Klopp, for all that his public image is of a coach with one distinct, nonnegotiable style, has retuned his team, and his thinking. Liverpool is now a team built as much for obduracy as explosiveness, one that boasts the most expensive defender in the world in van Dijk and, in Alisson Becker, the second-most expensive goalkeeper.
It is a team that has discovered the virtue of patience, and of precision, characteristics that Klopp believes stand it in better stead of thriving over an entire season, rather than in patches. It is a team that seeks to control, not one that intends to turn all around it to chaos.
It is a team that needed to beat Napoli either by a single goal to none, or by at least two goals. Last year, there would have been no choice: Liverpool would have had to welcome the mayhem and hope to come out on top. This time around, it is different: more flexible, more mature. A single goal, a brilliant one from Mohamed Salah, was all it could muster, but it was all it needed.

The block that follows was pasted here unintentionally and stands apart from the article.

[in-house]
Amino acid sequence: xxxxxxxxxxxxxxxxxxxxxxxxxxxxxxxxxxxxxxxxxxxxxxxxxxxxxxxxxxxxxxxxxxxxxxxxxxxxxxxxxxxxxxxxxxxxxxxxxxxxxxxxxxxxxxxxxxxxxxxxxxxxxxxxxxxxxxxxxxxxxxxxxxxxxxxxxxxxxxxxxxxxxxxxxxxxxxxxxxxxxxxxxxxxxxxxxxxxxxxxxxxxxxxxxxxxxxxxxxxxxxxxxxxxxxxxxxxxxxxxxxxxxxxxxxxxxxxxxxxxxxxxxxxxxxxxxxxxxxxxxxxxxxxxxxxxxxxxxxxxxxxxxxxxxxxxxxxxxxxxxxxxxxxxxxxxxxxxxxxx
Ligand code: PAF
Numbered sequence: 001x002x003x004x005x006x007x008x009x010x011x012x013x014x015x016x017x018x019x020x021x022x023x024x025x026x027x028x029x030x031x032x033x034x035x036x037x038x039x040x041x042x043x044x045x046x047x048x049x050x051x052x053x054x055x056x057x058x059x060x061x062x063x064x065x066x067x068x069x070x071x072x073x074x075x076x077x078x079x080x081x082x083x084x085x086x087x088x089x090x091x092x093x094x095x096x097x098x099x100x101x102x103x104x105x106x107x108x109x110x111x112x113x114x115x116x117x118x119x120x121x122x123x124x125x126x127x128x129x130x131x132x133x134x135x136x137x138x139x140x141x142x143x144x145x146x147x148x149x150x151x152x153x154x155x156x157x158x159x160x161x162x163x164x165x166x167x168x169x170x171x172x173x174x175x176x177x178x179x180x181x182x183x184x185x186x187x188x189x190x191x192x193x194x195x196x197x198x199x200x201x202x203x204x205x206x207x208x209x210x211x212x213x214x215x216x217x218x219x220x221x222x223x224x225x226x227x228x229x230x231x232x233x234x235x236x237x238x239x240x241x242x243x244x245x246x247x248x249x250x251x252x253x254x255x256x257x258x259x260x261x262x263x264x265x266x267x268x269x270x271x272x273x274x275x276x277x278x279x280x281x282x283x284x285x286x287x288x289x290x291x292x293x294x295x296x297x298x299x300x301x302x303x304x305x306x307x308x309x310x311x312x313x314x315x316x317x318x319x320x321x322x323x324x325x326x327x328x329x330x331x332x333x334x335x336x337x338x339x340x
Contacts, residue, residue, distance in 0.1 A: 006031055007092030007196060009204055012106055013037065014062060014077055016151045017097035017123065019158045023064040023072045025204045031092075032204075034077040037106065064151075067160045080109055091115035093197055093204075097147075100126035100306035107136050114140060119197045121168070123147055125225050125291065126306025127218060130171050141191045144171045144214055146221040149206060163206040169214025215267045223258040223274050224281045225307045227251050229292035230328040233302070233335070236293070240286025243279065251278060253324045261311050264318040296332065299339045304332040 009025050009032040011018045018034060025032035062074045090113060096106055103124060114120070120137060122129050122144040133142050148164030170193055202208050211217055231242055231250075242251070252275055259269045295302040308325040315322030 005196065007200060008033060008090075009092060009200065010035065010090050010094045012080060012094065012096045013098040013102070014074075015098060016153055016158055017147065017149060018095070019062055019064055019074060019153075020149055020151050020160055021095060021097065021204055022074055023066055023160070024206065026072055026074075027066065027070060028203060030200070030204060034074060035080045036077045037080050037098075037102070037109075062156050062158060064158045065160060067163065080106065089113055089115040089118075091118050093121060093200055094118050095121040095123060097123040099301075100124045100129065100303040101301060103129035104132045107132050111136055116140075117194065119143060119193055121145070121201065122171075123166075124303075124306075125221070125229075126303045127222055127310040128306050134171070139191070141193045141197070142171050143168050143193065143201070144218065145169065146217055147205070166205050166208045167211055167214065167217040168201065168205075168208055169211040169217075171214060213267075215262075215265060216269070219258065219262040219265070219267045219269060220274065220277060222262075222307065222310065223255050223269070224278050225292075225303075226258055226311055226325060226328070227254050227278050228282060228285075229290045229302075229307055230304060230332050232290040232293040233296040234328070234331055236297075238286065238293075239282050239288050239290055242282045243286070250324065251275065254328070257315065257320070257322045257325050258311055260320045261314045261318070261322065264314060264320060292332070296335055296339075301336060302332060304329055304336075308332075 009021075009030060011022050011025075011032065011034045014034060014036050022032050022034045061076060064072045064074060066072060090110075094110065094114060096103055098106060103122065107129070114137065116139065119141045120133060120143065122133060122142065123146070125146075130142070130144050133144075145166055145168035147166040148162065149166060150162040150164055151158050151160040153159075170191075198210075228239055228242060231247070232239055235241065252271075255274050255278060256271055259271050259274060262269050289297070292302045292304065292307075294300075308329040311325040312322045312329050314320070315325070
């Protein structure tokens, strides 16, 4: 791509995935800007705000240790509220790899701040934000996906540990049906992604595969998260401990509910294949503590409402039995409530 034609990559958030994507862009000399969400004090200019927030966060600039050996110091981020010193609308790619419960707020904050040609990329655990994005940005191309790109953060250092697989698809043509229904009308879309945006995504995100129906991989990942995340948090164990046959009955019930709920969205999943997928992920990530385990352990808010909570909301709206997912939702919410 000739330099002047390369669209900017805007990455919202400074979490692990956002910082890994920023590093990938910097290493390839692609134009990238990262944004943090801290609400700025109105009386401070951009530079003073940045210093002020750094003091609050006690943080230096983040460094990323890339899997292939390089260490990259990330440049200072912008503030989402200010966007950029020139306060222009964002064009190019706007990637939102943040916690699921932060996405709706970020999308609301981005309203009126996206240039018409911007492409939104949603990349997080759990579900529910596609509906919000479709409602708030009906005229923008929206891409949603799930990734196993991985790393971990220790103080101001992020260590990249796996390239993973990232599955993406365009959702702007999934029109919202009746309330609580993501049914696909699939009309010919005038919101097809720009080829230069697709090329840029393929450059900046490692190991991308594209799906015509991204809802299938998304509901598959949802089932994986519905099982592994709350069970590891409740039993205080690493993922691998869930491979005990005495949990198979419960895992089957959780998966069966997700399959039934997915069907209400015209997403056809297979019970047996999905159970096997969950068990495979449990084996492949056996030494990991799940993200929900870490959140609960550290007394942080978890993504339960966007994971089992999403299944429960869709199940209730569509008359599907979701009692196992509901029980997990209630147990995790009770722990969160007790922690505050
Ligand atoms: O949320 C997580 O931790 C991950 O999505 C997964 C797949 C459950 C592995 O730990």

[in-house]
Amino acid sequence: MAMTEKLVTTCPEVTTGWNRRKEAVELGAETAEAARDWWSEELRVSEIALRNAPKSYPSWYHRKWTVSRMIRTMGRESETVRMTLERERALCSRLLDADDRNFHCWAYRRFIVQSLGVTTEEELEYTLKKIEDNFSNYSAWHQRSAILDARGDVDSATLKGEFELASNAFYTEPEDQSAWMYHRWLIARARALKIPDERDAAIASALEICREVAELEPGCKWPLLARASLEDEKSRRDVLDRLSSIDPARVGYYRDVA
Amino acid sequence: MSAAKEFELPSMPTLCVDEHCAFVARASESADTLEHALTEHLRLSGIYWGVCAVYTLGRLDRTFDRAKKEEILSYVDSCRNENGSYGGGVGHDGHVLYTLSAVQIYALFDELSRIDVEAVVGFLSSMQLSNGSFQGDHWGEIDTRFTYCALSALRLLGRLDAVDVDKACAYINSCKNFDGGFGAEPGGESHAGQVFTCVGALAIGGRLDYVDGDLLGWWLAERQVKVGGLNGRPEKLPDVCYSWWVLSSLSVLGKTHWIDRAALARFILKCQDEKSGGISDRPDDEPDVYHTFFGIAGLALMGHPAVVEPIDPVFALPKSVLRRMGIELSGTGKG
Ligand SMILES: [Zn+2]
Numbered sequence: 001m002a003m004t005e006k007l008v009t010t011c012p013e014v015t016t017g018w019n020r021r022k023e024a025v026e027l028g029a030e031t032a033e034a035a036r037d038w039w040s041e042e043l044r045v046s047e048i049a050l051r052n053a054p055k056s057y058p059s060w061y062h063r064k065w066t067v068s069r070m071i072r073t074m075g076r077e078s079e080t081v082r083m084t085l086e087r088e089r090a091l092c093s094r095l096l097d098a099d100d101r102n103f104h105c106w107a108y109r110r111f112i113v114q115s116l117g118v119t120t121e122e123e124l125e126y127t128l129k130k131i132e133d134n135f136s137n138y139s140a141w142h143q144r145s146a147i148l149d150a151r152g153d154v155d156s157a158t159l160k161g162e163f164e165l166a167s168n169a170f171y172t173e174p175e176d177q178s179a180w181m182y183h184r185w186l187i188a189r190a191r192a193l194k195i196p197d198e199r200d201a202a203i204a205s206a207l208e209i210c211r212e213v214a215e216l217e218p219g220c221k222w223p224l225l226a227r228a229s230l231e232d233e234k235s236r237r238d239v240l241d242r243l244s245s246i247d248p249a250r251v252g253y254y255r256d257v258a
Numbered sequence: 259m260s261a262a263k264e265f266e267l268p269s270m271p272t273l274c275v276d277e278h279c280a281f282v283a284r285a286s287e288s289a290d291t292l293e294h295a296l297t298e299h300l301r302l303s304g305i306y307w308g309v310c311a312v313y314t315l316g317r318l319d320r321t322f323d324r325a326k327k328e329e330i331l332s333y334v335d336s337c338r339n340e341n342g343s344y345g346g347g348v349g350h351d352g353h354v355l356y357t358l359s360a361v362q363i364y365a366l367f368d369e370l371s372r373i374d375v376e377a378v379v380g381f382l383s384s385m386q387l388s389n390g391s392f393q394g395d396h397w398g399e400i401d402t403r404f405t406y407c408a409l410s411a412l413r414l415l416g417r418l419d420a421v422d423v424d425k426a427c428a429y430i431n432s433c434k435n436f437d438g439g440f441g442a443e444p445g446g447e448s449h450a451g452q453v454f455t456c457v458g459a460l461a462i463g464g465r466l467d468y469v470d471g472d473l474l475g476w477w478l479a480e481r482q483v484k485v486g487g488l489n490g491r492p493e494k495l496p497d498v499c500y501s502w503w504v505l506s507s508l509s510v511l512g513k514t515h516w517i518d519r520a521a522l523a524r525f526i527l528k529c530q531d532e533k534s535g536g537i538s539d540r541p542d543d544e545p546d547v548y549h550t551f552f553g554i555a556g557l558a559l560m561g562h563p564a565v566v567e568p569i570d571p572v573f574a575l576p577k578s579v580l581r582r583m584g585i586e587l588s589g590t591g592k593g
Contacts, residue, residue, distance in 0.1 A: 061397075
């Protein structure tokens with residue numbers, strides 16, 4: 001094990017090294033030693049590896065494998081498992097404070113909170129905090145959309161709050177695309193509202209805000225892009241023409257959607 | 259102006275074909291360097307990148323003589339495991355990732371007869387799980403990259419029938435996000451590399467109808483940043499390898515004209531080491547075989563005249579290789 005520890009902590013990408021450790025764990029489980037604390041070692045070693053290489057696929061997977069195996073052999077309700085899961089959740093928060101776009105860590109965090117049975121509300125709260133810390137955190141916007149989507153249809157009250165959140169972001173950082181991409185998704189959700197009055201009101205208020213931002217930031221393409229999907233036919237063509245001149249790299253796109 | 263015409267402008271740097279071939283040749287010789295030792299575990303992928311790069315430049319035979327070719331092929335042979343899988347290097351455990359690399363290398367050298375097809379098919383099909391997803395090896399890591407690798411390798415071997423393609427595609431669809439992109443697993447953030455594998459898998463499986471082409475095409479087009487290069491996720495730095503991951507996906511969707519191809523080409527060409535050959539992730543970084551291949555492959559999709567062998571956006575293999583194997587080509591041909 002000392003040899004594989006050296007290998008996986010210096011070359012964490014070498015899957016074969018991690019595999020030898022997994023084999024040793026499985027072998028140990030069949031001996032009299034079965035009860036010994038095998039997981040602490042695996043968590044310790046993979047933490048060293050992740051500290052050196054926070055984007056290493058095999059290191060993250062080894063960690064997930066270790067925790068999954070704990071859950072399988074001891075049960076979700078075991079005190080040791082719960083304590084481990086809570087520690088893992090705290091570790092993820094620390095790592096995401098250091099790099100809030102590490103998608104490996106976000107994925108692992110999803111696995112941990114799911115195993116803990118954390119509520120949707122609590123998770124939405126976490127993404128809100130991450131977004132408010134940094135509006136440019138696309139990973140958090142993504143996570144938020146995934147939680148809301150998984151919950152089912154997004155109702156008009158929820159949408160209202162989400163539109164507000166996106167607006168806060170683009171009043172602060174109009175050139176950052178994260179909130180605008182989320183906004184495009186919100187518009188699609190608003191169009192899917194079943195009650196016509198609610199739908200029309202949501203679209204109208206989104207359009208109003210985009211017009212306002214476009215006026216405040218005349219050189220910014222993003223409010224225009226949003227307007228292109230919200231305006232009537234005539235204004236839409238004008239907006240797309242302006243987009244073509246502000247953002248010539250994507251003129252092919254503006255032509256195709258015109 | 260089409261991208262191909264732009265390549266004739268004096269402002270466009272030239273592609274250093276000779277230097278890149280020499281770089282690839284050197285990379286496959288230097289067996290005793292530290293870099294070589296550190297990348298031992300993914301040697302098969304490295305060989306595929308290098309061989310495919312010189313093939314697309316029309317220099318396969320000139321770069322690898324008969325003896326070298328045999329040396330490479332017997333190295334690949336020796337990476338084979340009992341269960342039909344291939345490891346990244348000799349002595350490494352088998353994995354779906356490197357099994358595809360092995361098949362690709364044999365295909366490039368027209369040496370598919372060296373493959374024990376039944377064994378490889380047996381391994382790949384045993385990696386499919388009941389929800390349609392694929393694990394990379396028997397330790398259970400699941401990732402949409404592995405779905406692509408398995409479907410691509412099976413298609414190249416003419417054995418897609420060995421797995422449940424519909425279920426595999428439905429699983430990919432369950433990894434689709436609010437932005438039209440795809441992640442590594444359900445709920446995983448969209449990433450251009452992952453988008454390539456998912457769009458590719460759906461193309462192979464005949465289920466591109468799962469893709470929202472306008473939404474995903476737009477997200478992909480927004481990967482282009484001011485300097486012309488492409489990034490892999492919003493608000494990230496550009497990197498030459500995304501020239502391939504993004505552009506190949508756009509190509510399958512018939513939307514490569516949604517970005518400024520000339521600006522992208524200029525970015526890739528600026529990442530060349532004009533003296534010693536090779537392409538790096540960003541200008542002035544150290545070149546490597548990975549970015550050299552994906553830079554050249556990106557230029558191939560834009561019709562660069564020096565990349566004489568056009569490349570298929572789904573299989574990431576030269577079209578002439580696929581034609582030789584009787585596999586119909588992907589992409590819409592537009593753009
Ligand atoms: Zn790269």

That is not to say Klopp’s team is sterile, or dull, or lacking in ambition. Nor is it to say this was an evening of eerie calm. Liverpool still had chances — Sadio Mané, in particular, might have scored three or four — and still, in those tense final minutes, allowed two. Only the poor finishing of José Callejón, and a wonderful save from Alisson, kept Liverpool on course. Still, that is why you spend $84 million on a goalkeeper.
By Anfield’s standards, it was almost a letdown. There was no stirring finale. There was only a little nail-biting, nerve-shredding drama. There was a team doing what it had to do; a team, for the most part, in control; a team that wanted all the noise and fervor and frenzy, of course, a team that benefited from it, a team that would not have it any other way. But a team that needed it? Not any more.